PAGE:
Erasca lays off 18% while swapping out KRAS program for fresh anti-tumor options

Erasca is spending a combined $22.5 million upfront to import fresh preclinical KRAS and molecular glue assets while clearing space in its own pipeline and laying off 18% of its employees in the process.

The San Diego-based biotech, which focuses on treatments for cancers driven by the RAS/MAPK pathway, is paying Medshine Discovery $10 million upfront for the worldwide rights to the KRAS inhibitor ERAS-4001. Erasca described the candidate as having “potential to provide an improved therapeutic window relative to RAS inhibitors and prevent KRAS wildtype-mediated resistance relative to mutant-selective approaches.”

Medshine will be in line for up to $160 million in milestone payments as well as a low single-digit percentage of the royalties should the drug make it to market.

To make room for ERAS-4001—and working on the assumption that Medshine will also be providing some ERAS-4 molecules as backup compounds—Erasca will call time on its internal pan-KRAS program. Erasca had already amended this program a year ago, when it blamed the “increasingly competitive landscape” for its decision to shelve a KRAS G12C inhibitor despite believing that the candidate was potentially differentiated.

It's not the only licensing deal Erasca announced yesterday evening. The company is also handing over $12.5 million to Joyo Pharmatech for the ex-China rights to a pan-RAS molecular glue called ERAS-0015. The candidate, which has now entered human trials, has demonstrated “5- to 10-fold greater in vitro and in vivo potency and favorable absorption, distribution, metabolism, and excretion properties and pharmacokinetic properties in multiple animal species,” Erasca explained in the release.

As part of the licensing agreement, China’s Joyo will also be in line for up to $176.5 million in milestone payments.

“We’re thrilled to add ERAS-0015 and ERAS-4001 to our pipeline,” Erasca CEO Jonathan Lim, M.D., said in the release. “Over the long term, we have a unique opportunity to combine these two best-in-class molecules with distinct and complementary RAS inhibitory mechanisms to ‘clamp’ RAS and shut down MAPK signaling for the benefit of patients with these common RAS mutations.”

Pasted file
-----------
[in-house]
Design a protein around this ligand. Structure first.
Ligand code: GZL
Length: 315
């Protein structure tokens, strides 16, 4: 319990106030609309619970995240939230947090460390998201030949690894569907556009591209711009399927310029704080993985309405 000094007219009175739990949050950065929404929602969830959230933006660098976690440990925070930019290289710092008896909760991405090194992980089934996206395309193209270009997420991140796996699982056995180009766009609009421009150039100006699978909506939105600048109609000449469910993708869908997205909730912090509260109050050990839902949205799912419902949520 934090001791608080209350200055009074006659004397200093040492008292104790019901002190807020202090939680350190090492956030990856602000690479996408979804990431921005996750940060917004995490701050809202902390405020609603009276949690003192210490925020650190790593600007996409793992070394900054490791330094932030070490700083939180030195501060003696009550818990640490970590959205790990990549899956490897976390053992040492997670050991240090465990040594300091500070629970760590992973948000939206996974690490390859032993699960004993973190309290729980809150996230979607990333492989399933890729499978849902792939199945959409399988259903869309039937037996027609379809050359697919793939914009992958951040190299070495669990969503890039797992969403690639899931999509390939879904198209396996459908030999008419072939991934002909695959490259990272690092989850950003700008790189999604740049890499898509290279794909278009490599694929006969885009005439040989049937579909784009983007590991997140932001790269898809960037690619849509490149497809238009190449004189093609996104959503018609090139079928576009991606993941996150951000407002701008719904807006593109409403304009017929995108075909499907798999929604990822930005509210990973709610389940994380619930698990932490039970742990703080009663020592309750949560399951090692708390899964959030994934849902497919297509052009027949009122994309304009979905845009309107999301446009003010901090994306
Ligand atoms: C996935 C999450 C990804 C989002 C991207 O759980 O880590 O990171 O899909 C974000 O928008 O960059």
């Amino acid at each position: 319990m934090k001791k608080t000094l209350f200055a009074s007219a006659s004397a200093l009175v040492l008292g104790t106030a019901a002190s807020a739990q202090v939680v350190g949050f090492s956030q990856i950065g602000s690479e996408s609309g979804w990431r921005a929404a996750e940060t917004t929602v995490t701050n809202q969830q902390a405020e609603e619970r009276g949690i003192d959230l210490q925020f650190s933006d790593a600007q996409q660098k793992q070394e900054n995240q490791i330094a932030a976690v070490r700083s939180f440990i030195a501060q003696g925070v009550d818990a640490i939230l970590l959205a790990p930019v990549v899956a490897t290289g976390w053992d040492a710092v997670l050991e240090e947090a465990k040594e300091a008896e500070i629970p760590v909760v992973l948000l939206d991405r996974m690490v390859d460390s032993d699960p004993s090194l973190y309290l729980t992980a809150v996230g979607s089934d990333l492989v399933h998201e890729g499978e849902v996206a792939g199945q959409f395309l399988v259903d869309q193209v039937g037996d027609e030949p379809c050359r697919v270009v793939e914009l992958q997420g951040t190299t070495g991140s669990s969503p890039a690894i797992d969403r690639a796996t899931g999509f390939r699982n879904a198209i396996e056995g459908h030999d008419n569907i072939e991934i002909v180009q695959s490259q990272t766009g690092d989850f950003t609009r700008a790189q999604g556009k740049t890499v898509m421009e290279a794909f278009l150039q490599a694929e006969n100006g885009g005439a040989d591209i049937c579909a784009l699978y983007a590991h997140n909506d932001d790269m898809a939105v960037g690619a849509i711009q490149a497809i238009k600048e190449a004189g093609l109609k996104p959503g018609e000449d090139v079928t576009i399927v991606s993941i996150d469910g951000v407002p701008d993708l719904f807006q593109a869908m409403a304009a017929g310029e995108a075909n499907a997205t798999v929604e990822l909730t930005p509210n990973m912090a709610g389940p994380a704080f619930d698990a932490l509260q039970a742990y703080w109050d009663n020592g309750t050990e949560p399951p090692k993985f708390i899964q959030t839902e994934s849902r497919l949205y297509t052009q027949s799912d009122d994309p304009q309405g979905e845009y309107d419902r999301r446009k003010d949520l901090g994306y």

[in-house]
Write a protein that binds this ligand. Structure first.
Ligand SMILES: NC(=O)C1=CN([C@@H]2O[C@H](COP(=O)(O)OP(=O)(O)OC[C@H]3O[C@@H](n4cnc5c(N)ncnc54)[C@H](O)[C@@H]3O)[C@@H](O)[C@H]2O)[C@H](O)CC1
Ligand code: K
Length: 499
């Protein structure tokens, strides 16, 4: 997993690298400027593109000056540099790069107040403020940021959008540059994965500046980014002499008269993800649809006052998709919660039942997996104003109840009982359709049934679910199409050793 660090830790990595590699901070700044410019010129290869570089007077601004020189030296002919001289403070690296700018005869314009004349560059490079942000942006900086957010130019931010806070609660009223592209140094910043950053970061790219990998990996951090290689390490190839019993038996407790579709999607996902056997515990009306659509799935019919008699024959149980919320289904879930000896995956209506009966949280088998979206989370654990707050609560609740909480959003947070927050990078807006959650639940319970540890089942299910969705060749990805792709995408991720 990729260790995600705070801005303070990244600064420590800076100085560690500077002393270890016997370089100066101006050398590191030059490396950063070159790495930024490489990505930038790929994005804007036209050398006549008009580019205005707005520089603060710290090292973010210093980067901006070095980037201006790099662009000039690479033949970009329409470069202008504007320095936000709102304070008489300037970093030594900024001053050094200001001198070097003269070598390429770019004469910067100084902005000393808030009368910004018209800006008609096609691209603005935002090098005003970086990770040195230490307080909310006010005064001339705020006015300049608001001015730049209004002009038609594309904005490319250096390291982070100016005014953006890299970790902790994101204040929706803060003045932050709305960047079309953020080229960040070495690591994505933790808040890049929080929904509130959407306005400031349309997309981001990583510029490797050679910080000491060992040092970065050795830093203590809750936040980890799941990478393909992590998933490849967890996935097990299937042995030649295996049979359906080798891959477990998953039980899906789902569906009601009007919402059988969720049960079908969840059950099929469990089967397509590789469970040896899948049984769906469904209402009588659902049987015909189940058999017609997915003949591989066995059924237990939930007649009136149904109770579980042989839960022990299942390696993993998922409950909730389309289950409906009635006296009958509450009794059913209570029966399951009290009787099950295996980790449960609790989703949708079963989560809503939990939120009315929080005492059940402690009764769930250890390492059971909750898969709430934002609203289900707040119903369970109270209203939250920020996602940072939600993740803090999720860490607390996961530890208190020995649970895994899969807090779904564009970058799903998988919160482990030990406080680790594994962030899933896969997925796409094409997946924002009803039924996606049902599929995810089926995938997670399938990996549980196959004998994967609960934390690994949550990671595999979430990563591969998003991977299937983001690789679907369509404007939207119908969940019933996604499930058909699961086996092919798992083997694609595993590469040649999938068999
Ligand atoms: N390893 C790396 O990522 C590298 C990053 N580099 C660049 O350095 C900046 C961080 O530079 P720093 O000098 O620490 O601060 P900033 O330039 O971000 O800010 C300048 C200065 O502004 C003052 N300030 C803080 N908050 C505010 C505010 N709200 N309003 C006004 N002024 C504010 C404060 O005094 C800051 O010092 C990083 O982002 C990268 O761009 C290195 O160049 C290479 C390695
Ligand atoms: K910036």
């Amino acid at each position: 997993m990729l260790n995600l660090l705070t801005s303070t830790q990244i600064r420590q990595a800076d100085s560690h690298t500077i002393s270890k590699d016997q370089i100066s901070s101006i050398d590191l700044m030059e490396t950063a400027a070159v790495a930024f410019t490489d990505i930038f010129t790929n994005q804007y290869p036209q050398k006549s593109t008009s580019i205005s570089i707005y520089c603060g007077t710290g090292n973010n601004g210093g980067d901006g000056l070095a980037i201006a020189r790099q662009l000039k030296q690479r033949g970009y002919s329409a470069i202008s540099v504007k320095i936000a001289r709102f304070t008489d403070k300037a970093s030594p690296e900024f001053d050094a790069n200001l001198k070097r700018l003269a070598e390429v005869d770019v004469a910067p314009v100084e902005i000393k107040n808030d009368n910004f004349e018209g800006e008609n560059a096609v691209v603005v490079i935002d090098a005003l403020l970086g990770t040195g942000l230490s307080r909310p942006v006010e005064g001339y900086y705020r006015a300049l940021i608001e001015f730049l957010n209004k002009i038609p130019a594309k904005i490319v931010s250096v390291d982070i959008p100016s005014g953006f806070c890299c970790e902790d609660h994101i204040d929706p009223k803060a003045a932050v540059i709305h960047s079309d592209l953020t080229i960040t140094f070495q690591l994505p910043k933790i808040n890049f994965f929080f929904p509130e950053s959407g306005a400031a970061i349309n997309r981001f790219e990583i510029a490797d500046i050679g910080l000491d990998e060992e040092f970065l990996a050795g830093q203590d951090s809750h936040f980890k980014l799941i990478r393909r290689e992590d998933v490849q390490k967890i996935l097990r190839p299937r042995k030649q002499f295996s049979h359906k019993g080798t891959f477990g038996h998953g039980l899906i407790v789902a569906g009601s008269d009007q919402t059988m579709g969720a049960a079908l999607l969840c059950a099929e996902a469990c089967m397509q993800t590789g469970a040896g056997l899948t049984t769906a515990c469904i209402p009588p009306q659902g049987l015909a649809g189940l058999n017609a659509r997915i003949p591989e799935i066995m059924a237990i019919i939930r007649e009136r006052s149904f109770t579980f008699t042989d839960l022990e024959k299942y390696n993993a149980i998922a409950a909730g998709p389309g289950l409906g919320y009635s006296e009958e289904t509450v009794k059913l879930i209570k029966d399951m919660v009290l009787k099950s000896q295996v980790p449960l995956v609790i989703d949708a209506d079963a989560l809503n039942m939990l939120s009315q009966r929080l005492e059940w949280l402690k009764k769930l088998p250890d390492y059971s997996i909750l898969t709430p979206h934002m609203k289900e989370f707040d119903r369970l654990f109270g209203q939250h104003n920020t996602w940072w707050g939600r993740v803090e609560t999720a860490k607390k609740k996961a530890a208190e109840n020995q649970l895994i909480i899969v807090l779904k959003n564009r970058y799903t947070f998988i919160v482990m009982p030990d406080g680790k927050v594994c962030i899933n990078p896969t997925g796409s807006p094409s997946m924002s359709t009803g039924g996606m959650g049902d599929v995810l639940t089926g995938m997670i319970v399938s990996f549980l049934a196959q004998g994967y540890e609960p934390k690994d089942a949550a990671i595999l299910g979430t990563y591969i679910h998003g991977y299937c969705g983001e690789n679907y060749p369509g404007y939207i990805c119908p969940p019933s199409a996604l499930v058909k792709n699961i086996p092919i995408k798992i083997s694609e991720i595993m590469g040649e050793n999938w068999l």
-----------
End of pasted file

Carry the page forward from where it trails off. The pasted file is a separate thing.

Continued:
In addition to its KRAS work, Erasca will be deprioritizing two other programs to ensure it has space for both ERAS-4001 and ERAS-0015. One of these is ERAS-007, an ERK inhibitor that was in a phase 1b trial in combination with Braftovi and Erbitux in EC-naïve patients with BRAF-mutant colorectal cancer. Clinical efficacy data to date “do not support continued evaluation,” the biotech explained.

The final amendment to its R&D strategy affects ERAS-801, a central nervous system-penetrant EGFR inhibitor being evaluated for recurrent glioblastoma. The biotech said that “due to the desire to focus internal resources” on its pan-RAF inhibitor naporafenib—which is due to enter a phase 3 melanoma trial in the coming weeks—as well as its broader RAS-targeting franchise, “Erasca is exploring further advancement of ERAS-801 via select investigator-sponsored trial(s).”

These pipeline changes will be accompanied by a workforce reduction that will see 18% of staff heading for the exits, with most of the affected roles located in drug discovery functions or the deprioritized programs.

“Erasca is deeply committed to easing this transition for its impacted colleagues and will offer comprehensive severance packages and career transition services,” the biotech added in the release.

“With the in-licensing of these RAS-targeting programs, we have made the difficult but necessary decision to deprioritize or externalize resourcing of our pipeline (ERAS-007, ERAS-801, and ERAS-4),” Lim explained. “This change has unfortunately impacted certain team members. We believe that further focusing our resources will allow us to advance the programs with the highest probability of success and largest potential for patient impact.”